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Pending final approval, bill will cement Thai credentials among Asia’s most liberal societies on LGBTQ issues.

Thailand is set to become the first Southeast Asian nation to recognise equal marriage after politicians passed a same-sex marriage bill.

The lower house of parliament overwhelmingly voted in favour of the bill, with 400 supporting its passage and just 10 against it in a final reading on Wednesday. Should the bill take effect, Thailand would be just the third Asian country to legalise gay marriage.

The bill now requires approval from the country’s Senate, and finally endorsement from the king, before becoming law. More than a decade in the making, the legislation could take effect within 120 days of royal approval.

“I want to invite you all to make history,” said Danuphorn Punnakanta, chairman of the parliamentary committee, ahead of the vote. “We did this for all Thai people to reduce disparity in society and start creating equality.”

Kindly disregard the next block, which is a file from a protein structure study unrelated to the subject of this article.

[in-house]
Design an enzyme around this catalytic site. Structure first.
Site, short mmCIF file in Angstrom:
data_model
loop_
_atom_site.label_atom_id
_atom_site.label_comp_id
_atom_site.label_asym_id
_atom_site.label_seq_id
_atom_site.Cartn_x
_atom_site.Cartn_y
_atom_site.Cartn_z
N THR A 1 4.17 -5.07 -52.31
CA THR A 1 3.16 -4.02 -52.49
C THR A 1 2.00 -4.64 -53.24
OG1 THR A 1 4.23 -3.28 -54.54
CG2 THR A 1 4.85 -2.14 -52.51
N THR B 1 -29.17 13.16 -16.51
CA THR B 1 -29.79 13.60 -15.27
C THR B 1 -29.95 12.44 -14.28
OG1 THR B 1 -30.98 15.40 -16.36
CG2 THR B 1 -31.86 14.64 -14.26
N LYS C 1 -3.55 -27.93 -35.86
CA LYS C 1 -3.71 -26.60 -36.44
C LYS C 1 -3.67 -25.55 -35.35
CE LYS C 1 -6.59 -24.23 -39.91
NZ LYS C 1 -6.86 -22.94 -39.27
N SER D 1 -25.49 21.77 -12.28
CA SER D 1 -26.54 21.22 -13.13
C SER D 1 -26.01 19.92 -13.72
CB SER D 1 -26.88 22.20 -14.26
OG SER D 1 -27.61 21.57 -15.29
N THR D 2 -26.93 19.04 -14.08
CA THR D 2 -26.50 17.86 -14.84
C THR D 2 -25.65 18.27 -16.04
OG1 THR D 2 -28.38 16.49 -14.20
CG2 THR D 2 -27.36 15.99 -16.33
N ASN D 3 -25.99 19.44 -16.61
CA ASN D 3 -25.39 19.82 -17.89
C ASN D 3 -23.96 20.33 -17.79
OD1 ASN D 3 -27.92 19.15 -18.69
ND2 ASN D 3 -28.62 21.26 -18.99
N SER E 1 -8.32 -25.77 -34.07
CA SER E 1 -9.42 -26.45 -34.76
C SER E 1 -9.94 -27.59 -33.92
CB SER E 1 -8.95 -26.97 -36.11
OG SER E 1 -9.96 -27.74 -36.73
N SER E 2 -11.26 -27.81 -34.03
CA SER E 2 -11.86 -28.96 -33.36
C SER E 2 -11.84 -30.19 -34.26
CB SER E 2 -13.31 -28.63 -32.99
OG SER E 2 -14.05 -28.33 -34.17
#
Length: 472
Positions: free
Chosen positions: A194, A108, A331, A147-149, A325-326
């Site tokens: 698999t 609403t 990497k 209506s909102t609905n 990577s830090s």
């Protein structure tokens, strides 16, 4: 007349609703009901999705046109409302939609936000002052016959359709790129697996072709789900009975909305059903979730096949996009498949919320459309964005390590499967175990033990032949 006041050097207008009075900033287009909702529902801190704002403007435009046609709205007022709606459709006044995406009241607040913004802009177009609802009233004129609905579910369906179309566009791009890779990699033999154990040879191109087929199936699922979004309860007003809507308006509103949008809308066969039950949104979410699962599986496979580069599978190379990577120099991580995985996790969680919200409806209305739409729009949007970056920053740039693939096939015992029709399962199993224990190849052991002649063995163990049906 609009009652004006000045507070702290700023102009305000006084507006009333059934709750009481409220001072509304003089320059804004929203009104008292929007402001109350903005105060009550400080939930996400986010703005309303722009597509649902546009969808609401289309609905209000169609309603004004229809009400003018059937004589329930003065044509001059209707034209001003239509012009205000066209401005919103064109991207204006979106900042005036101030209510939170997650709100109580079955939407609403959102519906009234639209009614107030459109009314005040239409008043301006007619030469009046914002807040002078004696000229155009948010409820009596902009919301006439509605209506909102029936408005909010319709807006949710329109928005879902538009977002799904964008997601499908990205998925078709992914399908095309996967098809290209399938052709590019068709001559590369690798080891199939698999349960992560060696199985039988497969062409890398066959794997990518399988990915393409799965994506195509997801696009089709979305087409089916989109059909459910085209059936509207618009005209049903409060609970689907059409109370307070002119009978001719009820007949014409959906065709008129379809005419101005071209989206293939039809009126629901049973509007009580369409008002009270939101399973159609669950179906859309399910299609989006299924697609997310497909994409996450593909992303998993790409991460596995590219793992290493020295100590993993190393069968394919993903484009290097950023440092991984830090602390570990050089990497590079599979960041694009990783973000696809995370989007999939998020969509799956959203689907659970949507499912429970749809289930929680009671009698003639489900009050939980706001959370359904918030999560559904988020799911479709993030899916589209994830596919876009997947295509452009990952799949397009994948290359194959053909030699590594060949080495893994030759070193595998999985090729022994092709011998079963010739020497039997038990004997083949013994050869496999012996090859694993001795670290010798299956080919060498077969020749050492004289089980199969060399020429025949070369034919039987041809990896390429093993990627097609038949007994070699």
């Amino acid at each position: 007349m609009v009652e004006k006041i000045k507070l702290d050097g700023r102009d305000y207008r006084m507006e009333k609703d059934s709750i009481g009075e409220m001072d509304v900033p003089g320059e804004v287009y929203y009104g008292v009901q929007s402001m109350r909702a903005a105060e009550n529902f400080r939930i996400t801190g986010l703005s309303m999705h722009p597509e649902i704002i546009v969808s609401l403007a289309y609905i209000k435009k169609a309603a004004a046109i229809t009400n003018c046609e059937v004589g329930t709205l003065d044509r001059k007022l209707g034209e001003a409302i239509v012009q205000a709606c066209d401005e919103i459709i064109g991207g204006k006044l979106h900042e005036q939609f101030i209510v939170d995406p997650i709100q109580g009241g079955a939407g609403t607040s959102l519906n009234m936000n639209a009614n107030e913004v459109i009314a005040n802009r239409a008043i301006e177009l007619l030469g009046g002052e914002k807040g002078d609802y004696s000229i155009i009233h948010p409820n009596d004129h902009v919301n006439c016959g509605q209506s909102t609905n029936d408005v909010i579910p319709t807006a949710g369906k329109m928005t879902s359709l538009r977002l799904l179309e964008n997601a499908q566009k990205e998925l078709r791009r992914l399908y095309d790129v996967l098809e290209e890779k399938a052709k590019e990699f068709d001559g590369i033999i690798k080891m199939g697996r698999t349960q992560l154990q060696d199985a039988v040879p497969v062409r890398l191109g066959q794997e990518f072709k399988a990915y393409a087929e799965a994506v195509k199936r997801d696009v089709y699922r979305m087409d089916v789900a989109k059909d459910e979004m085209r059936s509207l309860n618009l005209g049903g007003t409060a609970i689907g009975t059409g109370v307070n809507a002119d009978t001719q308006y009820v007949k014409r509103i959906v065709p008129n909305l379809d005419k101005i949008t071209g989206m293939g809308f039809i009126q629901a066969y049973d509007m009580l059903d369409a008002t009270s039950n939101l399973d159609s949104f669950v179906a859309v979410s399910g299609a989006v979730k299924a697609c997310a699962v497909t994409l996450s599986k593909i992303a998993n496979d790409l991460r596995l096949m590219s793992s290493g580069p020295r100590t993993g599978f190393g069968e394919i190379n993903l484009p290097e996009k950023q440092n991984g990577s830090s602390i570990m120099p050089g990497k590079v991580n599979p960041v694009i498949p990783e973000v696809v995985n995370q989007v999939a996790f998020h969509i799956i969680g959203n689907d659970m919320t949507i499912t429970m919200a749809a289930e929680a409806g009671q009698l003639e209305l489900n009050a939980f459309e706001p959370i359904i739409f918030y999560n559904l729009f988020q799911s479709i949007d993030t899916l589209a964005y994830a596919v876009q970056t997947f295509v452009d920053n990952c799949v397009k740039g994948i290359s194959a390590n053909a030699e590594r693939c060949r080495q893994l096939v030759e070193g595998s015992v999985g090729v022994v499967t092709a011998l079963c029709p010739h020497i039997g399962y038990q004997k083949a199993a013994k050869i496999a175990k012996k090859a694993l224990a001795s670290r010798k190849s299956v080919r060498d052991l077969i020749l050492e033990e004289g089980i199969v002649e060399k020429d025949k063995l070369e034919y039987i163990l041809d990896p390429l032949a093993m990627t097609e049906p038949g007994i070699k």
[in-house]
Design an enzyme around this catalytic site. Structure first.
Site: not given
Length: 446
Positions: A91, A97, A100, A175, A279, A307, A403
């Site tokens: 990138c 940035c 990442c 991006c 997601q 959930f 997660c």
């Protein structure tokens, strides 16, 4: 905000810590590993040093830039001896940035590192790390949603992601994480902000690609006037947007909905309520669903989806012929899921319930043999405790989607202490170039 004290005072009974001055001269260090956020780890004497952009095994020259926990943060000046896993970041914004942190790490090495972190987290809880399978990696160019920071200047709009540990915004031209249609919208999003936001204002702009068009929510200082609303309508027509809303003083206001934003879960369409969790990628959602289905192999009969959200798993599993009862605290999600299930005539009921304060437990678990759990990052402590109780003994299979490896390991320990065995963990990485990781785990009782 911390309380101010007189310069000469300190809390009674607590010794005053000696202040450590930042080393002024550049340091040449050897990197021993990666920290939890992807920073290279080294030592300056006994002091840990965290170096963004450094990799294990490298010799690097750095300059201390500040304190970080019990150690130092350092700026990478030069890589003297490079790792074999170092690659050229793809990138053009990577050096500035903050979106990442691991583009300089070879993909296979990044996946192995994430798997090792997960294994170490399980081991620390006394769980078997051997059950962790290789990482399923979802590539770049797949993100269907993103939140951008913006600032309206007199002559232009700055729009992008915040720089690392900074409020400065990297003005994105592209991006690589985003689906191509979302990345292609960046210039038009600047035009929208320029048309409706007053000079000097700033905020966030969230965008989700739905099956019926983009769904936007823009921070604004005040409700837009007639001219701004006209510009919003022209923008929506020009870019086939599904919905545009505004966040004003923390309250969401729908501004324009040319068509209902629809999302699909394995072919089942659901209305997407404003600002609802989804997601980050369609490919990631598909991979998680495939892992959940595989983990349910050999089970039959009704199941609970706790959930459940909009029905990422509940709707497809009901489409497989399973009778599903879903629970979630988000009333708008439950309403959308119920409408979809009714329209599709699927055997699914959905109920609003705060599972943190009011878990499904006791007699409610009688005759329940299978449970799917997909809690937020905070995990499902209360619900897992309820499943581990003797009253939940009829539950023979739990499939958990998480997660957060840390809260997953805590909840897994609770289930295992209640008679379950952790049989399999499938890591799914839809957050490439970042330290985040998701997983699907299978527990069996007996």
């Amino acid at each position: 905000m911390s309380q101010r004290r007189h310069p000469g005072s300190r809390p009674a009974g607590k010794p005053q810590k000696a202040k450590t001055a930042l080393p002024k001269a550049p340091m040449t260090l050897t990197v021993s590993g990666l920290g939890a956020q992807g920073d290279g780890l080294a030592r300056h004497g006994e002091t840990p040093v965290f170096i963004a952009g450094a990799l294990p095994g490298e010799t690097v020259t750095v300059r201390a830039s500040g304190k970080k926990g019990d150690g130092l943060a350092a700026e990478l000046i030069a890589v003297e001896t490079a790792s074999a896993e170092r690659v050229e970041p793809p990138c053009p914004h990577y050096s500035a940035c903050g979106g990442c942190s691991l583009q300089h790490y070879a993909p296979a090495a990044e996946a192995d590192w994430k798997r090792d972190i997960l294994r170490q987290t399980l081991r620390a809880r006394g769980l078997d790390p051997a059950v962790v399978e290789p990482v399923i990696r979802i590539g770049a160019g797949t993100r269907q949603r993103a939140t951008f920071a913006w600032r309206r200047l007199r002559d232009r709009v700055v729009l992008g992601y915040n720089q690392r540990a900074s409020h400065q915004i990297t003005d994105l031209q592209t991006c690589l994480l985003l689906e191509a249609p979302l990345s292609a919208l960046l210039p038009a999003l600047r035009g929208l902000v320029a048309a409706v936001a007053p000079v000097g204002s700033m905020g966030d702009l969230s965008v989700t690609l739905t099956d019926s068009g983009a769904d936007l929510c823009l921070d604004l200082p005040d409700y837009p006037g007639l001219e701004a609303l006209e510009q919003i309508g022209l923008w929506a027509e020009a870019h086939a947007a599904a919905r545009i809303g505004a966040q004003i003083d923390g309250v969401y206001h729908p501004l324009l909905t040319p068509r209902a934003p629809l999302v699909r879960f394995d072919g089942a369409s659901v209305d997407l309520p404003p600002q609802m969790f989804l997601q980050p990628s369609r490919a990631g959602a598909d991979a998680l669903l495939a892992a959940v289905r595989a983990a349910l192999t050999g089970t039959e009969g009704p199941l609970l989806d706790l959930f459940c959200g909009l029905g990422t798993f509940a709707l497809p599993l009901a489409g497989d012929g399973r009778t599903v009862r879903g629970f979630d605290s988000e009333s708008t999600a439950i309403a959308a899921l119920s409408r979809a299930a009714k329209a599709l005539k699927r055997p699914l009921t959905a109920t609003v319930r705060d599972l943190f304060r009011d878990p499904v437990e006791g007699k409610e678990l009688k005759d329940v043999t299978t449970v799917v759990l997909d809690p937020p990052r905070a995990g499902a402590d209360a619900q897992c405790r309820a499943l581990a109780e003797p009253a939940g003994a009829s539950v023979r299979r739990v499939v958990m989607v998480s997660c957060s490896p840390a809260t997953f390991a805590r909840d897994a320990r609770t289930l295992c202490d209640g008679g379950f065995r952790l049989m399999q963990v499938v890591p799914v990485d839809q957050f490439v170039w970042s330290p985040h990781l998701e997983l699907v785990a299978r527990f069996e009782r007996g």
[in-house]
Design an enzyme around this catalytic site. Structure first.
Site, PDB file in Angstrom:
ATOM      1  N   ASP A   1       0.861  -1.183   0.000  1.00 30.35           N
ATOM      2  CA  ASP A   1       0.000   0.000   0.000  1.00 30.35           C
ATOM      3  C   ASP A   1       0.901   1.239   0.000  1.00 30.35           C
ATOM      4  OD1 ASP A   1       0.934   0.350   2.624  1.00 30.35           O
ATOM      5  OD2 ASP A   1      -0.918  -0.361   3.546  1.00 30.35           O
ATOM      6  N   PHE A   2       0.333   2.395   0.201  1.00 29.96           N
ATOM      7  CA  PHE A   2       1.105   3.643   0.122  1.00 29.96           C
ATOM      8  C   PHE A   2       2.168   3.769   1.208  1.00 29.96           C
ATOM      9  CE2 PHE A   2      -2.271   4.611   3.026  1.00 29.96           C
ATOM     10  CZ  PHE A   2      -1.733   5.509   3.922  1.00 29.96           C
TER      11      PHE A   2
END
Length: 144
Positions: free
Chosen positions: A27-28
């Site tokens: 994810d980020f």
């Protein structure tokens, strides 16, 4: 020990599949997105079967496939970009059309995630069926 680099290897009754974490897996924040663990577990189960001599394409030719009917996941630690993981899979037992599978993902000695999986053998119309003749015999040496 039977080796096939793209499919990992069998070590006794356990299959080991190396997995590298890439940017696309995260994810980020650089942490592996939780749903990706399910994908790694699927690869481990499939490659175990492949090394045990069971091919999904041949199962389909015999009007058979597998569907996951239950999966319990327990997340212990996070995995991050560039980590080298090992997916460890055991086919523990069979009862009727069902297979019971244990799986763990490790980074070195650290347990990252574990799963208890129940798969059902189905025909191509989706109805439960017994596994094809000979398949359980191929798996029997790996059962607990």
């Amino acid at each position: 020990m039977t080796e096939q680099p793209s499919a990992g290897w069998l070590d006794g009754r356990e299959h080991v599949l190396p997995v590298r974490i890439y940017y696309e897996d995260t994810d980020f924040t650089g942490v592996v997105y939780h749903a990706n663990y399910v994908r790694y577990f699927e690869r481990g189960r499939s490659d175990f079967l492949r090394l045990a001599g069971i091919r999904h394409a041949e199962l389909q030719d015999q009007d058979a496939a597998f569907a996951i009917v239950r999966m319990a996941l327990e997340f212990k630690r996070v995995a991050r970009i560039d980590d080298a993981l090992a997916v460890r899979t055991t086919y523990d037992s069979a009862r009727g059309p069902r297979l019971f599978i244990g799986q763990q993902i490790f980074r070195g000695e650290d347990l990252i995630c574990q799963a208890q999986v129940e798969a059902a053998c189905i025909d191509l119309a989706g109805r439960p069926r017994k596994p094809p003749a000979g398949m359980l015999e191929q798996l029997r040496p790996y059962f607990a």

The legislation would change references to “men”, “women”, “husbands” and “wives” in the marriage law to gender-neutral terms. It would also grant LGBTQ couples inheritance and adoption rights equal to those of heterosexual marriages.

While Thailand enjoys a welcoming reputation for the international LGBTQ community, activists have struggled for decades against conservative attitudes and values.

The Constitutional Court in 2020 ruled that current matrimonial law, which only recognises heterosexual couples, was constitutional. But it also recommended legislation be expanded to ensure minorities’ rights.

In December, the parliament approved the first readings of four different draft bills on same-sex marriage and tasked a committee to consolidate them into a single draft.

On the news that the bill had been approved, one representative brought a huge rainbow flag into the chamber.

Across Asia, only Taiwan and Nepal recognise same-sex marriage.



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